For those interested in the topic of culture versus biology, I strongly, strongly recommend reading Our Babies, Ourselves by Dr. Meredith Small. 

Claim #2: Babies respond to stress differently, not all result in a rise in cortisol. Specifically, they will react to something new (like a bath) with crying and a rise in cortisol, but as they adapt to it, they won’t have that rise anymore. So the stopping of crying in sleep training is not about “giving up” but because they have “moved through the stress response to a positive response”. 

Okay, a lot to unpack here. Let’s start with the first bit that babies respond to stress differently and not all stressful situations result in a rise in cortisol. This is true. What’s missing is what we know about the “why” here. Of course I should preface this by saying that the why may be temperamental differences. Kids with “easier” (hate that term, but it’s used) temperaments may simply not find as much stressful and thus not respond as such. However, even when there is a situation that should result in stress and doesn’t, we find it’s almost inevitably due to social buffering (Gunnar & Donzella, 2002). That is, when children experience stress while being supported and cared for by a responsive adult, they can show the same behavioural response of crying, but it’s not associated with a rise in cortisol. This is what is called hyporesponsivity and is a hallmark of infant development. Notably, this is far more pronounced and important for children with a “negative” temperament (i.e., sensitive) as they seem to suffer if they do receive what Gunnar and Donzella call “less-than-optimal care”. 

This social buffering is crucial because it addresses the issue of whether or not a child is giving up or has moved to something positive. The author uses baths as an example and although some of us with sensitive kids realised they never moved to finding the bath positive until after a year or so (thank you showers), most do find their child is upset in the tub but then adapts. The key part here is that your child has you comforting them and responding to them as they take the bath.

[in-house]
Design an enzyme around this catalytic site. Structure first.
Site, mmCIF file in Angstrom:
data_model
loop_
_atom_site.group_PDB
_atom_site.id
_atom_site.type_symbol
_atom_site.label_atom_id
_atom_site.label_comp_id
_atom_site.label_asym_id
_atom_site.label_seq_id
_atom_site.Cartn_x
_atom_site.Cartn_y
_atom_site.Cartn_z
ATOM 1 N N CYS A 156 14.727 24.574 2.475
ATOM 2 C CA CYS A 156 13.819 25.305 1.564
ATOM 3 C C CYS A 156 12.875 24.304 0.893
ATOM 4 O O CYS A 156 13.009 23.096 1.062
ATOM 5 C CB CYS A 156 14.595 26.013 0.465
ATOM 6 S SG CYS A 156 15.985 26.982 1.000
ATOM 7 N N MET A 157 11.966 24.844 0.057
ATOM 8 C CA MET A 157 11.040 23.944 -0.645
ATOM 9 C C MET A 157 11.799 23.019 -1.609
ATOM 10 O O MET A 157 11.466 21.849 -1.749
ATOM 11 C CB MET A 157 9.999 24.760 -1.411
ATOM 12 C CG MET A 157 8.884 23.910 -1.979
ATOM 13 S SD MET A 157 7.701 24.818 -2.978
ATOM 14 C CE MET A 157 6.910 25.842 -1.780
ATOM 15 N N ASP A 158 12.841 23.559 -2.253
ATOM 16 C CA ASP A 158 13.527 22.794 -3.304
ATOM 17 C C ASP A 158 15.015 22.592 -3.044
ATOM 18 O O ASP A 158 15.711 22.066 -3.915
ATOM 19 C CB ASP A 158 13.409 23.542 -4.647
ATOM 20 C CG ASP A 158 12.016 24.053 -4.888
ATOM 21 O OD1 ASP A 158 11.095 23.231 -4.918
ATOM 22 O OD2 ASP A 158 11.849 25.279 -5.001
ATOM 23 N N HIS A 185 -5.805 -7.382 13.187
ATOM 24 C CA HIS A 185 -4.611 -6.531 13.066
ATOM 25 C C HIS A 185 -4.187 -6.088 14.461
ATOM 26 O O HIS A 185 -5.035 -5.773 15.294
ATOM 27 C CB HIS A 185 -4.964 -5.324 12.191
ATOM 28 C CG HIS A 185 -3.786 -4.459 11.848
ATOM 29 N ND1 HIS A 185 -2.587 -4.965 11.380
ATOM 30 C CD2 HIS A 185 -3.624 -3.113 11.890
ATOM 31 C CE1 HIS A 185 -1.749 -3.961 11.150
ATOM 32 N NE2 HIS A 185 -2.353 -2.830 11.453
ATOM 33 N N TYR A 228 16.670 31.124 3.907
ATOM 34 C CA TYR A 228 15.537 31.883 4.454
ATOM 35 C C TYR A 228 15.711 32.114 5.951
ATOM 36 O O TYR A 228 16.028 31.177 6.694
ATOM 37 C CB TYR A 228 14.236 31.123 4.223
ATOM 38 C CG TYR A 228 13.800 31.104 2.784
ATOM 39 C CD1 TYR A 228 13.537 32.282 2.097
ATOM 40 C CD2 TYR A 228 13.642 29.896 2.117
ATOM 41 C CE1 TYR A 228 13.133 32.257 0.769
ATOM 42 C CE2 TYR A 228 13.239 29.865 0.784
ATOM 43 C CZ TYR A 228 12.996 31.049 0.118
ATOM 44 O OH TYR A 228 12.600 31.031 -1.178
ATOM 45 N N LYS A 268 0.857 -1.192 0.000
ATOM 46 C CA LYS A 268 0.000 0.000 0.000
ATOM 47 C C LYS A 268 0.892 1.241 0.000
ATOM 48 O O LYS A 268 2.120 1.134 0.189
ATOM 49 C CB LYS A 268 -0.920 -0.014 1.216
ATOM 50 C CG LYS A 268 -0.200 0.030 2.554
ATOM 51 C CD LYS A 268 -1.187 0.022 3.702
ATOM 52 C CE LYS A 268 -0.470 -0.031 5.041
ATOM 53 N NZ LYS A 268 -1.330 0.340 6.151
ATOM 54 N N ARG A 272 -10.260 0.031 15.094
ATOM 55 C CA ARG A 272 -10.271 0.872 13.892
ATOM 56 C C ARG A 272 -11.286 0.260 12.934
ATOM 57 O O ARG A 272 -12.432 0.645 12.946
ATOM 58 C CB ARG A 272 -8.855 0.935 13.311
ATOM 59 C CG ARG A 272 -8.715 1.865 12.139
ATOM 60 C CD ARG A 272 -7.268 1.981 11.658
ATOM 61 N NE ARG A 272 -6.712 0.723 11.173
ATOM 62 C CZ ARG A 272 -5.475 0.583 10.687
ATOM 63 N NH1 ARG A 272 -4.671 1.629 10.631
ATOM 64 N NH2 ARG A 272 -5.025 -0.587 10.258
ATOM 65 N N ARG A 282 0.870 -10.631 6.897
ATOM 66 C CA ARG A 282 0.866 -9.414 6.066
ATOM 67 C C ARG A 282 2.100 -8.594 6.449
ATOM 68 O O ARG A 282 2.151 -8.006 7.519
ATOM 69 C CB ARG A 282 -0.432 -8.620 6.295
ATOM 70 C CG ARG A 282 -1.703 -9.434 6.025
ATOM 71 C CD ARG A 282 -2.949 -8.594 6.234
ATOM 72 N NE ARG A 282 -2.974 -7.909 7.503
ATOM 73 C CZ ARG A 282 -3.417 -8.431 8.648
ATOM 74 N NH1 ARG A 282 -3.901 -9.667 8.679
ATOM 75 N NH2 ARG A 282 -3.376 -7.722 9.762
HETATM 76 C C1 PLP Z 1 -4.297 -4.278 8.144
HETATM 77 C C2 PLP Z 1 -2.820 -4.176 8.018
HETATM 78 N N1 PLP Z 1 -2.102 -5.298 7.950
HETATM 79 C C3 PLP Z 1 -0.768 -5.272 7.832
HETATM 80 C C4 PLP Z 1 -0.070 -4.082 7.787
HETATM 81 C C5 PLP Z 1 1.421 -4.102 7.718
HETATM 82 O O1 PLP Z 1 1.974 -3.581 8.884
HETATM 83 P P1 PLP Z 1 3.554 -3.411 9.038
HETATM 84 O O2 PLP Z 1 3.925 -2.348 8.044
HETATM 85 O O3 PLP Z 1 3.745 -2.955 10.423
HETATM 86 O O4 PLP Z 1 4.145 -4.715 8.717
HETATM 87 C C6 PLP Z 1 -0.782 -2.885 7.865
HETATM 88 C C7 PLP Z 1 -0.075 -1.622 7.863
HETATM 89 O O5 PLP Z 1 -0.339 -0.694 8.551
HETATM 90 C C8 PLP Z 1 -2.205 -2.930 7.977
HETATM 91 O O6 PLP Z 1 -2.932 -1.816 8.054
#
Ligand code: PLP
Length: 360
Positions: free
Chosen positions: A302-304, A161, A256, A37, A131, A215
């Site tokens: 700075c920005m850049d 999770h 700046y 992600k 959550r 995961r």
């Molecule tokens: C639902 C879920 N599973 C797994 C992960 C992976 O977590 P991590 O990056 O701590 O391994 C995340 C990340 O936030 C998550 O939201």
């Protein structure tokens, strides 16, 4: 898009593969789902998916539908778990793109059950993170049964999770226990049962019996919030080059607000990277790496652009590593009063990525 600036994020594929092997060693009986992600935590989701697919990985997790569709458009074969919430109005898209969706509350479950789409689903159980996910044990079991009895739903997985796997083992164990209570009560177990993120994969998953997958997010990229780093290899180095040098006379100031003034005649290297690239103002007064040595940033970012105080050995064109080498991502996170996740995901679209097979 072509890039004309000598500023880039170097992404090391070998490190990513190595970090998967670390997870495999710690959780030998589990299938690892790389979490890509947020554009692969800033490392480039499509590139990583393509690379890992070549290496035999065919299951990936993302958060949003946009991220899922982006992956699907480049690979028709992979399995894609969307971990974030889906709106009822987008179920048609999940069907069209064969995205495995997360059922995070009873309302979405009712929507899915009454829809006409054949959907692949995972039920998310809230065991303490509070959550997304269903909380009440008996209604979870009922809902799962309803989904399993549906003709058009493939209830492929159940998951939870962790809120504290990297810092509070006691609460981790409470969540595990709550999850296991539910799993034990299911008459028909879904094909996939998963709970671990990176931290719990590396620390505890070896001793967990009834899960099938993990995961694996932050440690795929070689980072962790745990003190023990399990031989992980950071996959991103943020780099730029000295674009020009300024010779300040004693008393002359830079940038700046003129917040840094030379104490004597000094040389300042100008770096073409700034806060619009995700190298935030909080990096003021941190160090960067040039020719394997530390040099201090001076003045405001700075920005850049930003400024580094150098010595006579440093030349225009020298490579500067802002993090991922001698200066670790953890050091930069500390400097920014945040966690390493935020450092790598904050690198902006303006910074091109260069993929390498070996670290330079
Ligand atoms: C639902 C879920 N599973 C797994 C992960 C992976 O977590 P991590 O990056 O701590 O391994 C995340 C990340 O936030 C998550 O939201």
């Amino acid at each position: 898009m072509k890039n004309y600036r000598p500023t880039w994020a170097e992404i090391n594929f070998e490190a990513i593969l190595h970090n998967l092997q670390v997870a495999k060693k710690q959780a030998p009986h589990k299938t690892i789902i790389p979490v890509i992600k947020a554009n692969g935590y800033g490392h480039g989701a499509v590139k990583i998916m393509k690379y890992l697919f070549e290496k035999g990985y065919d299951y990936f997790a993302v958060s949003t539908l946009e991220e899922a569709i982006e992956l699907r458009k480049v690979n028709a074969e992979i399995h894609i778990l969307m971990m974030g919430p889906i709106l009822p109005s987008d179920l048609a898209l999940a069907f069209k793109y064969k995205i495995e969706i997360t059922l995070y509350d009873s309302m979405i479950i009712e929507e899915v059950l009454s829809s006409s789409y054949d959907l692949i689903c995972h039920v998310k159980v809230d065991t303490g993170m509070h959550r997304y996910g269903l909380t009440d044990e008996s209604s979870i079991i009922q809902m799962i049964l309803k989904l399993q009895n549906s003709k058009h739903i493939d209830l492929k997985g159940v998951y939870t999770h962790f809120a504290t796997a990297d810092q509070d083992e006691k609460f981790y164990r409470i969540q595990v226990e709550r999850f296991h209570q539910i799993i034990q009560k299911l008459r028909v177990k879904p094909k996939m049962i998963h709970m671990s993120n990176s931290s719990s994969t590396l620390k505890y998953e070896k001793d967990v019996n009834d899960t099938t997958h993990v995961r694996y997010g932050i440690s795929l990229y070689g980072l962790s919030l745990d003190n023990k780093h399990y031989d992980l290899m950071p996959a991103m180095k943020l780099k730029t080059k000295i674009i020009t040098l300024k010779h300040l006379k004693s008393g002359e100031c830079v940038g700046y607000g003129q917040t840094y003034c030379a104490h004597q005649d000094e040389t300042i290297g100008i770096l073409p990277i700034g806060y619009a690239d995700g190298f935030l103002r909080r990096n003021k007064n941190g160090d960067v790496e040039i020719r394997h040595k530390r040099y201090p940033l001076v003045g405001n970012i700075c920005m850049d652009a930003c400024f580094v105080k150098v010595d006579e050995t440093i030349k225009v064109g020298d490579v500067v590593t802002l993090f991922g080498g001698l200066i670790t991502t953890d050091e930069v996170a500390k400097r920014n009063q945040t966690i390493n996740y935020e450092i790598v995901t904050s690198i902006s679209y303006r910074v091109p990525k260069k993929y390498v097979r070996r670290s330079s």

The responsiveness and support of a parent is crucial to helping children learn from mild to moderate stressors (you can also see the work of Dr. Bruce Perry as he does discuss the importance of support during periods of stress in helping children learn emotion regulation).

In sleep training, there is no one to learn from as a child is often left by him or herself. In fact, the surefire way to elicit cortisol in children is to separate them from a caregiver and not provide responsive care. 

Therefore this claim that a child has not given up is based on nothing but wishful thinking. Perhaps the stress an individual child experiences isn’t great, but to claim that the idea of giving up is patently wrong isn’t supported (and learned helplessness is a thing for kids).